By Anita Nham, GoPSUsports.com
Student Staff Writer
UNIVERSITY PARK, Pa. - When redshirt senior
Aiyana Whitney was in middle school, she decided to follow her sister Anissa
Whitney's footsteps of playing volleyball after she saw her on the court. Her
sister mentored and taught Aiyana numerous volleyball skills as best as she
could throughout the rest of middle school and into high school.
Nearly seven years later, in 2011, Whitney
played in her first collegiate match at Penn State.
Today, Whitney is leading the way in helping a
young Penn State team grow.
After the Penn State Classic, Whitney was
named to the All-Tournament team. In the season opener against Buffalo, Whitney
led Penn State's offense with a match-high of 11 kills on .400 hitting. Her skills
continued to shine as she recorded five blocks and six kills against Stony
Brook, and 14 kills and two digs against Villanova in the two matches on Saturday.
"This offseason, I worked to get my
volleyball IQ up, studying the game as much as possible, working on my blocking
and trying to be a bigger presence at the net," said Whitney.
Whitney's impact at net and on offense is nothing
out of the ordinary, but as a senior, Whitney knew that it was her time to
truly lead the Nittany Lions to success.
"[There's] more responsibility [as a senior],
which at this point in my career, and I would speak for the rest of the seniors,
we can embrace because we try to set the tone in practice, and try to set an
example for the younger girls," said Whitney. "[Being a senior] is about taking
on more responsibility, doing as much as we can, doing more and helping out the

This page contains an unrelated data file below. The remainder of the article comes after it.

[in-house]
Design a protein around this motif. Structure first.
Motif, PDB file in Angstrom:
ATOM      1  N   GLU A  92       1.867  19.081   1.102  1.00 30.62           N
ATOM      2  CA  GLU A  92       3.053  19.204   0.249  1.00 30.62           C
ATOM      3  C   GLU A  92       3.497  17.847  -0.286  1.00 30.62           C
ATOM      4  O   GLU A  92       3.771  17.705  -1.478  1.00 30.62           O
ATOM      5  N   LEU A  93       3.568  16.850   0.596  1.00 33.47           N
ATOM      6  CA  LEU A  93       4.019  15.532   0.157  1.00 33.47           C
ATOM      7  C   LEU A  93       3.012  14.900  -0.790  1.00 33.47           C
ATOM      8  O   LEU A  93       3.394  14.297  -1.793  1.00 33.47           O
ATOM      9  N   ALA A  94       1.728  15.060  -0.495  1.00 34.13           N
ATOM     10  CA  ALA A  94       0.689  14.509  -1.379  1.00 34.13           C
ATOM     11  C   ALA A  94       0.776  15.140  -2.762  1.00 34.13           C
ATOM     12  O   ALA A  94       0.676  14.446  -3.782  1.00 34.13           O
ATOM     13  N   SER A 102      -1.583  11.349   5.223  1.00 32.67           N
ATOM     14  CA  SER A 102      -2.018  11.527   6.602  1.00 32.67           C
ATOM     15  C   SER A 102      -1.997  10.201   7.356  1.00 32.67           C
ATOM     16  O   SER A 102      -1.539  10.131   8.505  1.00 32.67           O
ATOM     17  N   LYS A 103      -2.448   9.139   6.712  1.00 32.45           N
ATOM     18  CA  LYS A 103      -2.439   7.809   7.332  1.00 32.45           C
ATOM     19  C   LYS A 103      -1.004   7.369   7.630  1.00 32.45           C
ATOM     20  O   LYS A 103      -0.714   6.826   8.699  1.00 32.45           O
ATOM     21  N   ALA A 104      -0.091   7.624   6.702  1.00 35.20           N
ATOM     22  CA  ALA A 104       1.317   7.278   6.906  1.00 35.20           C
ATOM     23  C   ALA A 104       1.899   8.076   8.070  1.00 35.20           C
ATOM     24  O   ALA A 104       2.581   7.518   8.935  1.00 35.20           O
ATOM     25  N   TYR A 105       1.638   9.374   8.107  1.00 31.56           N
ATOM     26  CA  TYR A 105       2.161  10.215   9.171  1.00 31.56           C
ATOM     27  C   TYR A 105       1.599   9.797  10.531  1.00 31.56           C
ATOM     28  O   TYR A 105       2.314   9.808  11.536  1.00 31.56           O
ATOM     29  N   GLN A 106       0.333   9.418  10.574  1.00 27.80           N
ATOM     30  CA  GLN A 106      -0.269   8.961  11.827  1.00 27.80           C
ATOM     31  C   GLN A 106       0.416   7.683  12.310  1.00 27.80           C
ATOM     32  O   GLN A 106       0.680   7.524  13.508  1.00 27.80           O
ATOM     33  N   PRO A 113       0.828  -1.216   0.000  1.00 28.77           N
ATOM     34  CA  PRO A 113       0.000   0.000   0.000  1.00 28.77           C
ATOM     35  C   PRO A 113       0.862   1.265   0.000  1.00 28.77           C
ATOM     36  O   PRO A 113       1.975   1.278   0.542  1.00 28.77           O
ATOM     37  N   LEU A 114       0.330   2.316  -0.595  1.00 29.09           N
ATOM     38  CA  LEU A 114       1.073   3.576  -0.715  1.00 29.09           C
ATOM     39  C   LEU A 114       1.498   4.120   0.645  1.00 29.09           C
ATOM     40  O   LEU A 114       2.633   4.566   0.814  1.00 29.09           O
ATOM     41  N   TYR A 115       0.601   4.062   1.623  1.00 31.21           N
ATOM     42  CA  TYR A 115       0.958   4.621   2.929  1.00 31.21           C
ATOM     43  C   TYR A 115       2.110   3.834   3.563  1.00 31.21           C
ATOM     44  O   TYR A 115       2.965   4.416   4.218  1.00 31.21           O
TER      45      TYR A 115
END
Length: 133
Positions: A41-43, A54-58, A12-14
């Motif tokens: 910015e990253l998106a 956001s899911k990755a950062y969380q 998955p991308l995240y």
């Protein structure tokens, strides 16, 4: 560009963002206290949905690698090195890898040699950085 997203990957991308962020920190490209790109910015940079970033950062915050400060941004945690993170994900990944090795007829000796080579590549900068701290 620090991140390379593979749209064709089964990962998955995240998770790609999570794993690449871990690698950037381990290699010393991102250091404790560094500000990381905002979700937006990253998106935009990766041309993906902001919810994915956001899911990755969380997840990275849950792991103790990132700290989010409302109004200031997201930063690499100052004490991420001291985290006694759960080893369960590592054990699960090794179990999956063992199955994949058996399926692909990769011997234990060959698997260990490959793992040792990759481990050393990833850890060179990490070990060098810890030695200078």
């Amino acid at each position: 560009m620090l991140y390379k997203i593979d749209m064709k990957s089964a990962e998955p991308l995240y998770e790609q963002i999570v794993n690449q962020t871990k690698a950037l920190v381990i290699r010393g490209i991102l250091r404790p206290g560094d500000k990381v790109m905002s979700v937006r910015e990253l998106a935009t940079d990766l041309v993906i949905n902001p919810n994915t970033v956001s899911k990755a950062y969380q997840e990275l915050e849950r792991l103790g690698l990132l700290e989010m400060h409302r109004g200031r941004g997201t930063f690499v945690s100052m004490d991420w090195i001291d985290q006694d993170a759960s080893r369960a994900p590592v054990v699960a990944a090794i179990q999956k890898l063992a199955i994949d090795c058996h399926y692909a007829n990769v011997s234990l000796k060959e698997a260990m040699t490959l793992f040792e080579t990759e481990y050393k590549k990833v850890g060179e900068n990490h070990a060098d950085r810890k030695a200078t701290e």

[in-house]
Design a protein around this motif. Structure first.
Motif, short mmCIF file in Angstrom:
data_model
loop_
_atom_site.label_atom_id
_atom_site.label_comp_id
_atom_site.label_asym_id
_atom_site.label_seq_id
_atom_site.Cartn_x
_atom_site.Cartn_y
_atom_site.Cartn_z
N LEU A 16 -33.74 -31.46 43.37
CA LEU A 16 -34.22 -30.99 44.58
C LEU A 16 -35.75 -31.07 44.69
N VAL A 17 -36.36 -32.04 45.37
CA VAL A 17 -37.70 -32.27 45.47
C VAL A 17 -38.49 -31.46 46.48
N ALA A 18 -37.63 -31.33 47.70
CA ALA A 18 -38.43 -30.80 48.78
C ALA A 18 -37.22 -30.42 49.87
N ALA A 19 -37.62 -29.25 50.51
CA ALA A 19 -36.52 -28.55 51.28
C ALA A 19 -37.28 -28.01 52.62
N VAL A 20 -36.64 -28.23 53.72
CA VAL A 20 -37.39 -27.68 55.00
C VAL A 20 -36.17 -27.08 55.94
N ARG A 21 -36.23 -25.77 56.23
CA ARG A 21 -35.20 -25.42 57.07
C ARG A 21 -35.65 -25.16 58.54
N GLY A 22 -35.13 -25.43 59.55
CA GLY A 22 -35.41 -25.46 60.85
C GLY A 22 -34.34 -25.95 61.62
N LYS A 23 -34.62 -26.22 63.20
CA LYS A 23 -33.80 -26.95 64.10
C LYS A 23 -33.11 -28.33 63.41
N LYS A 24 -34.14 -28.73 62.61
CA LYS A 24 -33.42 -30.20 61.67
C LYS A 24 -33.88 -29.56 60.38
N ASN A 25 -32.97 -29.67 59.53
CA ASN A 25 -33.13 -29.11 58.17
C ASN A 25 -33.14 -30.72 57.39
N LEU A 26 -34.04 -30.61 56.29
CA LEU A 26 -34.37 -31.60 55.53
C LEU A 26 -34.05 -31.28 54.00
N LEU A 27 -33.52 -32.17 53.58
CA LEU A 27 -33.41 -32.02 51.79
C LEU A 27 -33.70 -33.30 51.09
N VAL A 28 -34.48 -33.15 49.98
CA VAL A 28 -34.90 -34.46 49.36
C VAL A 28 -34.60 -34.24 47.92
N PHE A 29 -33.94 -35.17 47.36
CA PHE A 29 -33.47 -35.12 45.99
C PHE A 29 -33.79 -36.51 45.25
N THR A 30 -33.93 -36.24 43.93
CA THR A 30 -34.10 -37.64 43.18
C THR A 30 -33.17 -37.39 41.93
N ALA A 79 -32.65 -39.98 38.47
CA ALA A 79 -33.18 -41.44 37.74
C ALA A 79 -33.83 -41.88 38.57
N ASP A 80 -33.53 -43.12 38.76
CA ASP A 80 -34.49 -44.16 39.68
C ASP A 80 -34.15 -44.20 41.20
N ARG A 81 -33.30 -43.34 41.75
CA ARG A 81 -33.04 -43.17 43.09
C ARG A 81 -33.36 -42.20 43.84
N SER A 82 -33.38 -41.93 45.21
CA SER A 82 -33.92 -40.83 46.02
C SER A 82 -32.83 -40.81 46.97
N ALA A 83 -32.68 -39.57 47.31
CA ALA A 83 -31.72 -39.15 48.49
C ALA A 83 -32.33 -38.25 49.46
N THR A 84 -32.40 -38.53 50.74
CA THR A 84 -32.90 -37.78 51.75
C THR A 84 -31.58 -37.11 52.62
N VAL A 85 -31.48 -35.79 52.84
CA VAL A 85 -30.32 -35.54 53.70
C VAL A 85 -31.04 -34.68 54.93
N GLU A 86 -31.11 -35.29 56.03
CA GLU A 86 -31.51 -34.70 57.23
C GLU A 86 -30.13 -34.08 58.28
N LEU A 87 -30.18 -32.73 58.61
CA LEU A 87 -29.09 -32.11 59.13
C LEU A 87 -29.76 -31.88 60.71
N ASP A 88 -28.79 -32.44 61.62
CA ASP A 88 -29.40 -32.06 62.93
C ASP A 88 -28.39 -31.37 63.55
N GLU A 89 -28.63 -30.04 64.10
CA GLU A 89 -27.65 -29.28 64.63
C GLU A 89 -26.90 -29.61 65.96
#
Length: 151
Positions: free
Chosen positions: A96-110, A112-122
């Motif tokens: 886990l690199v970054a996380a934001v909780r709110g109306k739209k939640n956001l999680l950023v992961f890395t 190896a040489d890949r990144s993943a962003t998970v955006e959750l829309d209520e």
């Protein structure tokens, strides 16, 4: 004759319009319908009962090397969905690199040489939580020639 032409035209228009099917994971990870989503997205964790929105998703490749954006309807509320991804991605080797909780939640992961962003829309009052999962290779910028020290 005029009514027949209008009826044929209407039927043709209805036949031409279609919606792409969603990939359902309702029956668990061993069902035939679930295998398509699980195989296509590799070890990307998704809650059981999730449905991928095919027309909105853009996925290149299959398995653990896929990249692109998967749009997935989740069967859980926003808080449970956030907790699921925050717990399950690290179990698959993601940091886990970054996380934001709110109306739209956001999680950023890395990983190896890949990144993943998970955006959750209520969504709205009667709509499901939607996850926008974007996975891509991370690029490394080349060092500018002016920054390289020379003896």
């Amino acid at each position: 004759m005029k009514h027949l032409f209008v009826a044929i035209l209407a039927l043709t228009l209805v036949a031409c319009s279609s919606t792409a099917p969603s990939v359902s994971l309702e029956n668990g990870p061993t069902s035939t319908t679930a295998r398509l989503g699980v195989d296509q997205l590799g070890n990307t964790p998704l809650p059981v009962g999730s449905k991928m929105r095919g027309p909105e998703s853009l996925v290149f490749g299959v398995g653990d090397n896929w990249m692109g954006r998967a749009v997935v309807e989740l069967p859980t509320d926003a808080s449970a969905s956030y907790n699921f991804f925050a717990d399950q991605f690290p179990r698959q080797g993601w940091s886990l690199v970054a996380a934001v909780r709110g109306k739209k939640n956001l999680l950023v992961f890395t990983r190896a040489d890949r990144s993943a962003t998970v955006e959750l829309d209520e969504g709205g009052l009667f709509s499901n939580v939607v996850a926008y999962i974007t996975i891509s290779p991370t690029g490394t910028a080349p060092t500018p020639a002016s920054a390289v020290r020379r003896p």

rest of the team in that."
Nonetheless, it was not an easy ride for
Whitney to get to this point in her career. During her sophomore year, she
redshirted. However, she wouldn't change anything about that year.
"Absolutely [that redshirt season] made a
difference," said Whitney. "At the time, I was playing with incredible
upperclassmen and they pushed me every day in practice. I learned so much from
them, so I really cherished that year in terms of development and learning the
Whitney's growing talent is evident. Last
season, during her redshirt junior year, she started every match, recorded 15
double-digit kill performances and led the team in kills on over 10 occasions -
once with 10 kills against then-No. 1 Stanford in the NCAA national semifinals,
and once with 11 kills in the national championship win against BYU.
Furthermore, she received second team
American Volleyball Coaches Association (AVCA) All-America honors and was
honored as Big Ten Player of the Week (11/17) last year.
None of this would have been possible without
the guidance from head coach Russ Rose and the other coaches.
"[The coaches] are super awesome. They help
me get my game airtight, help me see the bigger pictures and seeing the game
more and helping me take on more," said Whitney.
Her success continued this past summer as
Whitney participated in the inaugural Big Ten Volleyball Foreign Tour. Big Ten
volleyball student-athletes from all 14 schools traveled to Slovenia, Croatia
and Italy to compete against some of the best athletes in the world as well as
participate in community services initiatives.
Even with all these accomplishments, Whitney
believes that she has room for improvement.
"I am definitely tired of getting tooled on
the blocks, so it's definitely something I need to work on in the gym," said
Whitney. "I need to work on my hands, getting the ball over and taking up more
space. Just seeing the court more, attacking and making sure I'm playing
Whitney has already made a huge mark on the
Penn State women's volleyball program, but this is Whitney's final year, and
she is more than ready to contend as the season wears on.
"Overall, I just hope that we can build to be
a better team, build to play better together and work on getting back on the
big stage," said Whitney.